Haroro Ingram at the ANU Info Wars Conference

Haroro Ingram at the ANU Info Wars Conference

Talking down terror

30 October 2017

Global leaders need to rethink the way they talk about terrorism.

Whenever a politician denounces a terror attack as an attack on all democracies everywhere, on freedoms everywhere they are stepping right into the propaganda traps of extremist groups.

“We reinforce their talking points,” Dr Hararo Ingram from the Department of International Relations said.

“We reinforce the way in which they see the world and their supporters see the world. That they’re this malevolent, ubiquitous kind of threat that are just everywhere.”

These are the perceptions terror groups want to create.

“We don’t need to lie to counter that,” Dr Ingram said.

“We also shouldn’t think that counter-proselytising with ‘moderate’ ideology is appropriate either.”

In October, Dr Ingram drew together the speakers – including headliner Peter Greste – for the Information Warfare in the 21st Century event.

Across a range of panels, the event canvassed media jihad, new cold wars and fake news. Drawing from his own research, Dr Ingram spoke about ISIS and how the group would respond in the wake of devastating losses.

“As it loses territorial control, it has become popular to think that ISIS will look to survive into the future by establishing a virtual caliphate,” he said.

“But their virtual propaganda effort online is a virtual means to real world ends. Not the other way around. That’s very important to understand and appreciate. ISIS will remain very much focused on the real world.”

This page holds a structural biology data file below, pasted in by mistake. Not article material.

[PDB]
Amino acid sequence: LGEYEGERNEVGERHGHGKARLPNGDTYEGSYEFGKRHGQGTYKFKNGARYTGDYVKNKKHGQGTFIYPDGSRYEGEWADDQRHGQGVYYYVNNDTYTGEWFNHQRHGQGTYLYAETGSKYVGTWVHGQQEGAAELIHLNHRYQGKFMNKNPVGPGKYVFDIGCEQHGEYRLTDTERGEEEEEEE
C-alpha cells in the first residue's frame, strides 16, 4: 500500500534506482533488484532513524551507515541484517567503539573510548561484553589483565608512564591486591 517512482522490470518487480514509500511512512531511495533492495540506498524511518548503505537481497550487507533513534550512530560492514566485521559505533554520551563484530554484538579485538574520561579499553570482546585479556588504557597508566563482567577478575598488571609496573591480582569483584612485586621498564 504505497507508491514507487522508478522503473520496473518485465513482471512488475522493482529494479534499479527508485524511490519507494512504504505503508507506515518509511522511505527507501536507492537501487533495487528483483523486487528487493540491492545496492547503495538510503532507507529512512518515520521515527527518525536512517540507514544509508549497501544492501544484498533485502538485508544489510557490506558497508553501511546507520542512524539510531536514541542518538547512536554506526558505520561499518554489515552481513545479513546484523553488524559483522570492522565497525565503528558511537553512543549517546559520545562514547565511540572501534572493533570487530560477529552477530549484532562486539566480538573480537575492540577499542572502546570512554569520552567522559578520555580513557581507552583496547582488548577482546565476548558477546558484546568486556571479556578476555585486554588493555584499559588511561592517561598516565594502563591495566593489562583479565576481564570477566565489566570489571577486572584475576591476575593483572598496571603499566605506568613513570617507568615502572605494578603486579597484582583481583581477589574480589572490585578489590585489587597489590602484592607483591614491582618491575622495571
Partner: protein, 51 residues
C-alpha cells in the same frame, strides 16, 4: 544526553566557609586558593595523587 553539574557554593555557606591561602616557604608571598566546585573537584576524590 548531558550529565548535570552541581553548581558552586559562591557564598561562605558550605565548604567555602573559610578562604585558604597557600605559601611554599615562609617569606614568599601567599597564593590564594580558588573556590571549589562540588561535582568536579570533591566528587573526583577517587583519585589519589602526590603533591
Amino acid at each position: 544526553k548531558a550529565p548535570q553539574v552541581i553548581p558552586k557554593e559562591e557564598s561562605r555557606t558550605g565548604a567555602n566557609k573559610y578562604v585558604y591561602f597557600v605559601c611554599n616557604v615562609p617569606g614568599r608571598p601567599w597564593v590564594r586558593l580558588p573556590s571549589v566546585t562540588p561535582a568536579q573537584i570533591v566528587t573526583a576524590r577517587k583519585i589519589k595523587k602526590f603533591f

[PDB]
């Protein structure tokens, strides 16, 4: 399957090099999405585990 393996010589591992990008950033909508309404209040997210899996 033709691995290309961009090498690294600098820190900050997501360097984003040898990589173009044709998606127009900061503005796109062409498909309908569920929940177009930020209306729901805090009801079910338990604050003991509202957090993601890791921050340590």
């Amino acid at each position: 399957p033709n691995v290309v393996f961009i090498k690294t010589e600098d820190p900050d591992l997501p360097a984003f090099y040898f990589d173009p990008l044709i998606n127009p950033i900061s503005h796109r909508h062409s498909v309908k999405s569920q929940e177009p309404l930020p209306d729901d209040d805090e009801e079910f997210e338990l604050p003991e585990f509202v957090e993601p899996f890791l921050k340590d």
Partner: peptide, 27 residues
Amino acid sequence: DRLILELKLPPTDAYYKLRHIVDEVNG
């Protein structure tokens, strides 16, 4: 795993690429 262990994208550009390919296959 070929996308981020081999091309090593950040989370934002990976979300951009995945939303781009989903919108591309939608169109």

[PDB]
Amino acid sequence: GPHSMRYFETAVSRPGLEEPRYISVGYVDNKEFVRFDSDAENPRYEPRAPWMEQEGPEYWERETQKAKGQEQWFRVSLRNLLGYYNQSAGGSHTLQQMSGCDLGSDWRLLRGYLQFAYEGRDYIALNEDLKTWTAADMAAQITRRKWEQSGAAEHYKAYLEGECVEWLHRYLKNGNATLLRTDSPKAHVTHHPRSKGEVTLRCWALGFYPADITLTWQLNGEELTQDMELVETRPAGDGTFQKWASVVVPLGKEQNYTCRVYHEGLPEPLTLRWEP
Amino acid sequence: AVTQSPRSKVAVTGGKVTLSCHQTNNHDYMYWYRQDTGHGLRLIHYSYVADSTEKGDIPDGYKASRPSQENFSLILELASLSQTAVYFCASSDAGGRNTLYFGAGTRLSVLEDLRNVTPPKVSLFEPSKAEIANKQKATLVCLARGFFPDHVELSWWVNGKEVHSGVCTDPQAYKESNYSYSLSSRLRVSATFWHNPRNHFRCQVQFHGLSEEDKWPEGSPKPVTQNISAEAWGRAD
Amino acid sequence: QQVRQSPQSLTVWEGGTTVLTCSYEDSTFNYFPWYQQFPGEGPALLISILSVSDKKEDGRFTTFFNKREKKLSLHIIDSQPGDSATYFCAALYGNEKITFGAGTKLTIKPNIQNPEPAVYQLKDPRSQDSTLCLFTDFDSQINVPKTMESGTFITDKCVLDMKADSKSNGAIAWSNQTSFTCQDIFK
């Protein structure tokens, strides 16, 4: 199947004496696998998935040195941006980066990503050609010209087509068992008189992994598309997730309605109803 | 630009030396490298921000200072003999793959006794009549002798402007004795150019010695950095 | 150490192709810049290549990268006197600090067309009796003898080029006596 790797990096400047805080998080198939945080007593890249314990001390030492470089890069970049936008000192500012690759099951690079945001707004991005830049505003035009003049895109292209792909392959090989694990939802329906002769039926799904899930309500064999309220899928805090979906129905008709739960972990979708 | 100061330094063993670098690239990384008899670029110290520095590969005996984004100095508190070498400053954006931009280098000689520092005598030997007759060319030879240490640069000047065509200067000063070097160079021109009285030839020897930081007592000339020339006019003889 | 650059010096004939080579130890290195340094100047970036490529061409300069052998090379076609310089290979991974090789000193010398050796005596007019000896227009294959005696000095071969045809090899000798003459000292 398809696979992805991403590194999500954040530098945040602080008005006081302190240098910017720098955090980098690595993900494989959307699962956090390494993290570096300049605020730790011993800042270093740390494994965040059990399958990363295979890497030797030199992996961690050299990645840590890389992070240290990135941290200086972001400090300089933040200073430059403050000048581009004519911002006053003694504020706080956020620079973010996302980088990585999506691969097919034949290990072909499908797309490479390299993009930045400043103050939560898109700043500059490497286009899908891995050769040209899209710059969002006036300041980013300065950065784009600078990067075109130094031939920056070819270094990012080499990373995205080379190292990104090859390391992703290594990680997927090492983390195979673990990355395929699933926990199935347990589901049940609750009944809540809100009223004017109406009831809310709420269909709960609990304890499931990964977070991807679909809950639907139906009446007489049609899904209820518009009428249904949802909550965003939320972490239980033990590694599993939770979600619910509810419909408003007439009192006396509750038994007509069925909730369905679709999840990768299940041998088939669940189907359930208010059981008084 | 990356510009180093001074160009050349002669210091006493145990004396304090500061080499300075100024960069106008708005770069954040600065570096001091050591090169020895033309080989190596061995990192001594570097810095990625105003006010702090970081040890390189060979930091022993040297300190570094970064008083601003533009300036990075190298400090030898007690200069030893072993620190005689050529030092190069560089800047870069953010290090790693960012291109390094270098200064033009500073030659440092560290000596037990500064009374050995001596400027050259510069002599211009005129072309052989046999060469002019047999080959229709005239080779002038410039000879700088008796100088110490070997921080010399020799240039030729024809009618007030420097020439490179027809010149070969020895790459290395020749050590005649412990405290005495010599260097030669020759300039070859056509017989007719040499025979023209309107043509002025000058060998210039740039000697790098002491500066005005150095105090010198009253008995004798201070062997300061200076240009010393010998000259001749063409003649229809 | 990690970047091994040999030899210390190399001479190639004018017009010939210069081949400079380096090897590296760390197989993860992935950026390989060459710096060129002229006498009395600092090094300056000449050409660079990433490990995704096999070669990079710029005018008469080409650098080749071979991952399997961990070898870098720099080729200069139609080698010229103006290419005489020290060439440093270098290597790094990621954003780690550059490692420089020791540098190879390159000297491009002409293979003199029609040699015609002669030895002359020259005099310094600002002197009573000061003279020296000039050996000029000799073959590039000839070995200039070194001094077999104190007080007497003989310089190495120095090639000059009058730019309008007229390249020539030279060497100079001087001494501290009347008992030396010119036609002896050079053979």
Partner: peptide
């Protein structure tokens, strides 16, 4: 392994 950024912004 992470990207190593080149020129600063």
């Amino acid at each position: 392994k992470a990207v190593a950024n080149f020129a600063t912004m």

The pressure is on, then, for military and intelligence efforts to evolve in tandem with the capabilities of terrorist groups.

“Part of being human is to persuasively communicate. Democracies have been grappling with these challenges since the Greeks – and we’re still grappling with it,” Dr Ingram said. According to Dr Ingram, when governments engage in counter-proselyting campaigns, they invariably make things worse.

“We need to develop a far more sophisticated understanding of the diversity of threats that are involved here, and how they impact on us strategically but also on our politics,” he said.

He emphasised that ANU was already leading in these efforts, serving as the hub of a network extending through Europe, the US, South East Asia and the Middle East on the issue.

“If we’re going to understand these complex problems we have to go where these complex problems are and work with locals to understand them,” Dr Ingram said.

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